Water Resiliency

The Problem

On Christmas week, our water pipes froze, leaving us without water. We innovated for daily tasks like washing hands and going to the bathroom, but it brought up a good question. What would happen if we lost water for a longer period of time, and how could we increase our water resiliency?

Prevention and Preparation

Prevention is a key to being water resilient. Our pipes froze because we weren’t prepared for days of single digit temps. Next time, we’ll insulate them if the weather is going to be cold. Also, keeping a single faucet running would have prevented the pipes from freezing.

Preparation makes emergencies a lot more bearable. When our water went out, we had bottled drinking water on hand from when our water was turned off for construction. If you have forewarning, prepare!

Some Solutions

When we lost water, we were blessed to have friends gather round and help out. Some got us bottled drinking water, and others gave us a Berkey water filtration systems for drinking water from our creek, which saved us from having to buy more water.

Berkey water filter and tank
Berkey water filter and tank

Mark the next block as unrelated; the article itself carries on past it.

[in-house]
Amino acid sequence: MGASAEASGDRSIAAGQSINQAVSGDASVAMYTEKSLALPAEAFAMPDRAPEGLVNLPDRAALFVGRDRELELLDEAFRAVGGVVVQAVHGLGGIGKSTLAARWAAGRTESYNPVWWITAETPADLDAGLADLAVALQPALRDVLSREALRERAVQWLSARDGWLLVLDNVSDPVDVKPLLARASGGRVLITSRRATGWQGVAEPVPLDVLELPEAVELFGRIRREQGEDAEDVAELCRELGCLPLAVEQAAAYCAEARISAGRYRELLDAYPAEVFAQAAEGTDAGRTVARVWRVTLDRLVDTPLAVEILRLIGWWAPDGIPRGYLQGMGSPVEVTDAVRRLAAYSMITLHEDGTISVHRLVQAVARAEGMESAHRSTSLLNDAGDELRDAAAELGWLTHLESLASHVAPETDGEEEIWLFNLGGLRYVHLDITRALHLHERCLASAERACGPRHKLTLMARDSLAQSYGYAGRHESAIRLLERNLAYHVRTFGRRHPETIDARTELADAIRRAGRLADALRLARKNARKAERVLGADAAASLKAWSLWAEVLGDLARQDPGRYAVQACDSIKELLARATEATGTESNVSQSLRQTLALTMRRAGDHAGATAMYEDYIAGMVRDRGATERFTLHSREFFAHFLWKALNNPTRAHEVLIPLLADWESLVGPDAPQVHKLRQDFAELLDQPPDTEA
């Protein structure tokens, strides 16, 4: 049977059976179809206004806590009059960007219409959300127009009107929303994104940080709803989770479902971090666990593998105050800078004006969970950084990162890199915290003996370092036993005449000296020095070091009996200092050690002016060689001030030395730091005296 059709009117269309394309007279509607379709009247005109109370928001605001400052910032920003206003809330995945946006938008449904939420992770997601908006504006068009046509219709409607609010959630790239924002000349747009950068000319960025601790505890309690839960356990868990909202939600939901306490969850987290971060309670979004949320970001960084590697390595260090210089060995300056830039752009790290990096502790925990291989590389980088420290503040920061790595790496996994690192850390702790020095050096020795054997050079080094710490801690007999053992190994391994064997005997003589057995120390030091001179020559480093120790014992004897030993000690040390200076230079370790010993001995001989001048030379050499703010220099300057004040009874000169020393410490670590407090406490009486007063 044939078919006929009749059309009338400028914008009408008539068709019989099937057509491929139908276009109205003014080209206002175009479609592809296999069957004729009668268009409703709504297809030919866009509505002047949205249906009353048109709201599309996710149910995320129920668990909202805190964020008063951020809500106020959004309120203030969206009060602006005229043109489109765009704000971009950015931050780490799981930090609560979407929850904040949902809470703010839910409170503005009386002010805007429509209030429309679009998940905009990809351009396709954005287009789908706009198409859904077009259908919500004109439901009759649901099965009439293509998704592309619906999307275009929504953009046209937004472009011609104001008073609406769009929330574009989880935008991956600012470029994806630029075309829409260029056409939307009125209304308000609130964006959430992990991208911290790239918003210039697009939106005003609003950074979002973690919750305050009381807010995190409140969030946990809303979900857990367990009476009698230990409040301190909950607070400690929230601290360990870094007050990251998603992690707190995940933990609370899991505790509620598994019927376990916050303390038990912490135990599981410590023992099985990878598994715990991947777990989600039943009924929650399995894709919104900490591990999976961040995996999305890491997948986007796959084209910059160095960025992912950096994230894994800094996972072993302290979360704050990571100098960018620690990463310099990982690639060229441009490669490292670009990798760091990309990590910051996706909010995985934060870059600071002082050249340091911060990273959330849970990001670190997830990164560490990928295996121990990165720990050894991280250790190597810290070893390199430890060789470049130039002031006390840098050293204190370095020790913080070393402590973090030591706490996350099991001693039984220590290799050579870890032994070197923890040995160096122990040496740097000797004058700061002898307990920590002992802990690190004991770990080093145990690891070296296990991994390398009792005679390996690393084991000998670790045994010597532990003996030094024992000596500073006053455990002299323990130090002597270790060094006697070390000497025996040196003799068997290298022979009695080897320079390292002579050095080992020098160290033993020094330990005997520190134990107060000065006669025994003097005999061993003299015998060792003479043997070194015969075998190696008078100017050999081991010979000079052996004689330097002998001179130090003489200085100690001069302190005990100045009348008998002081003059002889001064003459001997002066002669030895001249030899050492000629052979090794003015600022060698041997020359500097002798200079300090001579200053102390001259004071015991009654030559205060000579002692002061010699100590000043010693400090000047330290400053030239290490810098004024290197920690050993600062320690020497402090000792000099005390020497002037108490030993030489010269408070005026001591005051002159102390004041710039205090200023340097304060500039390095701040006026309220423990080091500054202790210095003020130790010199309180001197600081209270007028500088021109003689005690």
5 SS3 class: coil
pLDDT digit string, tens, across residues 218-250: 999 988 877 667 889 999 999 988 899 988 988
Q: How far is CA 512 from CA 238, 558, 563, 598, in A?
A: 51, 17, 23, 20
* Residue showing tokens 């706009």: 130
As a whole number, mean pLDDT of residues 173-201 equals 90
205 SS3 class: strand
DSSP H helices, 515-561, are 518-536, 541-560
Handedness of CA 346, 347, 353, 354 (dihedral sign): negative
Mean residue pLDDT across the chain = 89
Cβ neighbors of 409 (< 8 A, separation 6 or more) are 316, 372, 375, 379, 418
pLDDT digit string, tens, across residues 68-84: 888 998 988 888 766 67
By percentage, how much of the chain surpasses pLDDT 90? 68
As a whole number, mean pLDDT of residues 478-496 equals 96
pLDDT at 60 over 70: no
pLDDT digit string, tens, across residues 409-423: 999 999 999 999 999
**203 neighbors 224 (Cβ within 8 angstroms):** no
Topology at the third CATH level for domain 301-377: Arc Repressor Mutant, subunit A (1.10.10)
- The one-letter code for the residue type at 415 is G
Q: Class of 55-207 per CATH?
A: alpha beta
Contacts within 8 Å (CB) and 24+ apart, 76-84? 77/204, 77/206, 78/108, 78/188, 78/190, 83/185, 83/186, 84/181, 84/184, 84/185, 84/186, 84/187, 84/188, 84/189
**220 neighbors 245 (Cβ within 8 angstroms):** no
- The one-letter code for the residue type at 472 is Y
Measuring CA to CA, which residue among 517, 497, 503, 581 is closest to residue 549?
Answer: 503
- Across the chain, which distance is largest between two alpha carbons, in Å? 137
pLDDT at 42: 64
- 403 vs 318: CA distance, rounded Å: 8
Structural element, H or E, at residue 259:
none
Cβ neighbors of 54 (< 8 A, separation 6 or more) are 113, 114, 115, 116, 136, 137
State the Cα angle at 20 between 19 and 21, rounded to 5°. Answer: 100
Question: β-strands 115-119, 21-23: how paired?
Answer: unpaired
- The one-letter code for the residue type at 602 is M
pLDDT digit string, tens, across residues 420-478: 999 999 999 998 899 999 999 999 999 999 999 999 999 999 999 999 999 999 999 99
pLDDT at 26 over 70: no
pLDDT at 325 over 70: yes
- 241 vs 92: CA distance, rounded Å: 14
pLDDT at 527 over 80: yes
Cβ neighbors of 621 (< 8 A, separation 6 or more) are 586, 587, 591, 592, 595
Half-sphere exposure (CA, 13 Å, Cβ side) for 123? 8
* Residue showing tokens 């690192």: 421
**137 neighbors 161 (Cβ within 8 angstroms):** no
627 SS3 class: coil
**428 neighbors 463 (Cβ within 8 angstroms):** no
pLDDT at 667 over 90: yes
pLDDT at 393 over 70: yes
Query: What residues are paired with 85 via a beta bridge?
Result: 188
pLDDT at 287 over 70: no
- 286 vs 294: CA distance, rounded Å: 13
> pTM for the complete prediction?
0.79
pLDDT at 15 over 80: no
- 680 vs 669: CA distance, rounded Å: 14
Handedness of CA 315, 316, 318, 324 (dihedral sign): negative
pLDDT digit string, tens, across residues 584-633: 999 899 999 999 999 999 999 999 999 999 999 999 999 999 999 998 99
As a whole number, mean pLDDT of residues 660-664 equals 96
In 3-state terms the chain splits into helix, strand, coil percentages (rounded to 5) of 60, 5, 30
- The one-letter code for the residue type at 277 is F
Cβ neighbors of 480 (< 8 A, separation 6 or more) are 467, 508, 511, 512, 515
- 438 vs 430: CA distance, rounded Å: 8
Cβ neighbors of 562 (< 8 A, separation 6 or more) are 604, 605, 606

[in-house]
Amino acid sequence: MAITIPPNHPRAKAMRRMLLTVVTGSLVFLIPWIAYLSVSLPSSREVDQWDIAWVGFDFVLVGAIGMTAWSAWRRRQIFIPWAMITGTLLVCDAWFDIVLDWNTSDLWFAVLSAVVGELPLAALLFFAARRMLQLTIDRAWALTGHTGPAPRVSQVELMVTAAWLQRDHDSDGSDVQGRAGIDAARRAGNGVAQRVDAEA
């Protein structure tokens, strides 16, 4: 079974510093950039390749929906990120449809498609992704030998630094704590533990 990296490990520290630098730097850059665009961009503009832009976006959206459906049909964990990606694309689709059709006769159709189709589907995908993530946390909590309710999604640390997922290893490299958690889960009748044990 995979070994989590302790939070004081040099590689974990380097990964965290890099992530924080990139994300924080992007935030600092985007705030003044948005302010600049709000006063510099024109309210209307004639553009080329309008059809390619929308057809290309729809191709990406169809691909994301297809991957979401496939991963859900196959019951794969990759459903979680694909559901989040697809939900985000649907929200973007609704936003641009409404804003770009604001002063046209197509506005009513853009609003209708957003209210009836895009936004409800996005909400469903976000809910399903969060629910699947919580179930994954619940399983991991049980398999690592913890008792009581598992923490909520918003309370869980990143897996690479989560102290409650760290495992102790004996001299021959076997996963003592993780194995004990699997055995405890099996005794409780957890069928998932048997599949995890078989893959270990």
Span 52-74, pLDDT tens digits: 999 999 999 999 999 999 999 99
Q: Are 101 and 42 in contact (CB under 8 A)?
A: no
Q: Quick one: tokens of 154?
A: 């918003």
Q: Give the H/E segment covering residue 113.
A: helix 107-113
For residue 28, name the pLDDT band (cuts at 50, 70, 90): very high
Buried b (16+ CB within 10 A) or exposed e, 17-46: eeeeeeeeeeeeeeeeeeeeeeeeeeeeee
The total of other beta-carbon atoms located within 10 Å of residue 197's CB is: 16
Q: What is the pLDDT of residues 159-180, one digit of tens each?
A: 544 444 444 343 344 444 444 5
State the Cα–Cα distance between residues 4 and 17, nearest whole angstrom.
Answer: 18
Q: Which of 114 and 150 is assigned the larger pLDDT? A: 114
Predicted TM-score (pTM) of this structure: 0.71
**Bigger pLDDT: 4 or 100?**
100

We flushed the toilets by hauling in five gallon buckets of water from a large tank pumped from our creek, and washed our hands with a small filter bag and tube.

Tank with water from creek
Tank with water from creek


This made it possible to survive rather normally, even with no grid water, which was awesome!

We realize that not everyone has a creek, so you have to innovate according to your circumstances, but these are just some ideas for preparedness in case of an emergency. Other ideas could be collecting runoff from your roof, or rain barrels.

This was a great, albeit inconvenient, learning experience for us. Thankfully, none of our pipes burst, and we got our water back after 5 days. But it has changed our resiliency list: drilling a well has moved up higher on our list!